Newzlab

We live in the world Ash Carter saw coming


Secretary of Defense Ash Carter

Former US Secretary of Defense Ash Carter passed away at the age of 68. (DoD Photo/Glenn Fawcett)

Former Secretary of Defense Ash Carter passed away at the age of 68 this week. In the following remembrance, senior correspondent Sydney J. Freedberg Jr. notes that Carter’s view of where the world was heading has borne out in the six years since he left the Pentagon. 

A physicist turned policy wonk turned Pentagon bureaucrat, Ashton Carter could still take to experimental high technology with the instincts of a showman — and the enthusiasm of a kid.

In May 2016, just over a year into his term as Secretary of Defense, Carter visited a Navy research center and punched in waypoints for a remote-controlled boat on Narragansett Bay. “As a testbed, it had a human being aboard, not as an operator but as a safety officer — just in case,” I wrote for Breaking Defense at the time. “[Carter] emerged from the control room chortling, ‘All right, you’d better tell this guy to hold on for dear life.’

“‘If I did it right, he’ll clear that jetty,’ Carter told his entourage while he watched the speeding boat through binoculars. ‘If I didn’t’ — long pause — ‘there’ll be lessons learned.’”

The boat did clear the jetty.

Later that same trip, Carter got so excited about a 3D-printed prototype sensor on display that he walked away with it, visibly disconcerting the two young scientists who’d been demonstrating it for him. Then, on the plane back to Washington, Carter noticed a no-longer-young reporter repeatedly wrenching off his spectacles to read small print, then popping them back on again to see things at a distance. What you should try, the Secretary told me when he took me aside, is a newfangled technology called progressive lenses, the 21st century alternative to bifocals. He even suggested a specific optometrist in DC.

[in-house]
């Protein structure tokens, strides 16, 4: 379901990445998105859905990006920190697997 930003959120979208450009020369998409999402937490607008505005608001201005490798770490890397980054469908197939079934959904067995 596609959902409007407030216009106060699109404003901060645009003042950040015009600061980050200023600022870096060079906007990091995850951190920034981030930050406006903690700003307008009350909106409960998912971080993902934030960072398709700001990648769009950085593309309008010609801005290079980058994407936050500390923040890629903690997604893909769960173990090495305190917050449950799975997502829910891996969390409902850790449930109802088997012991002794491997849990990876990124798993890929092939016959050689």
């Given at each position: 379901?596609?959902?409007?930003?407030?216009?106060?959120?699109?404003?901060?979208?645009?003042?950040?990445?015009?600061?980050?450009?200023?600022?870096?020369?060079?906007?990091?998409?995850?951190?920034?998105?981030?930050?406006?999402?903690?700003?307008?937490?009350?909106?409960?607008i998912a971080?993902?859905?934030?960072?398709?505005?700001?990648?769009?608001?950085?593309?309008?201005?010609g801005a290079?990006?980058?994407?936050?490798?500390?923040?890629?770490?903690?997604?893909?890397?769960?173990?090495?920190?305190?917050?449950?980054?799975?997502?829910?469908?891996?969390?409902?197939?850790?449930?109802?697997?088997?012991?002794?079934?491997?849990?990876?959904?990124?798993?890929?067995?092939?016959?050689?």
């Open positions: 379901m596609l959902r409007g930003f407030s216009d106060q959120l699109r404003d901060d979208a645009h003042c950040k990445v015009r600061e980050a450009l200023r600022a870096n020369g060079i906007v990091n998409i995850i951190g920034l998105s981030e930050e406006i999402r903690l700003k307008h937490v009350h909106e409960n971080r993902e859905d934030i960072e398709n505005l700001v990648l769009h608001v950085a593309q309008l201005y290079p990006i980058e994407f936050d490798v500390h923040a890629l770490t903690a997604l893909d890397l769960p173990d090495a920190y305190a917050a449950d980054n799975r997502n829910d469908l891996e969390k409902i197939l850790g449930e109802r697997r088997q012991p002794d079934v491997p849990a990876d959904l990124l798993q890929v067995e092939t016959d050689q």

Such finely focused attention to technical detail is a little atypical for a cabinet official. But it served Ash Carter — and the country — well.

Now, most obituaries for Carter, who died this week at the age of 68, have focused on his headline-grabbing decisions as Secretary of Defense: his opening combat jobs to women; his campaign against the Islamic State; his outreach — ardent, if not always reciprocated — to civilian tech hubs like Silicon Valley. Those are all significant. But equally significant, and relatively unsung, is Carter’s contribution in setting the Pentagon on the strategic course it still follows today.

Sydney J. Freedberg Jr.

Defense Secretary Ashton Carter and Singaporean defence minister Ng Eng Hen watch a P-8 scout plane’s sensor crew over the South China Sea in 2016. (Sydney Freedberg photo for Breaking Defense)

A Return To ‘Great Power Competition’

Confirmed as secretary in February 2015 after a lovefest of a Senate hearing — albeit not as Obama’s first choice — Carter inherited a military still fighting intensely with Islamic extremists in Afghanistan, Syria, and Iraq; still rushing to reposition itself in Europe after Russia’s seizure of Crimea and the eastern Donbas the year before; and still struggling to execute the “pivot to the Pacific” that the Obama Administration had proclaimed back in 2012. Within a year, however, Carter’s team — of course, with White House guidance — had crafted the first Pentagon budget request explicitly focused on countering Moscow and China, a focus enshrined in the following year’s National Defense Strategy.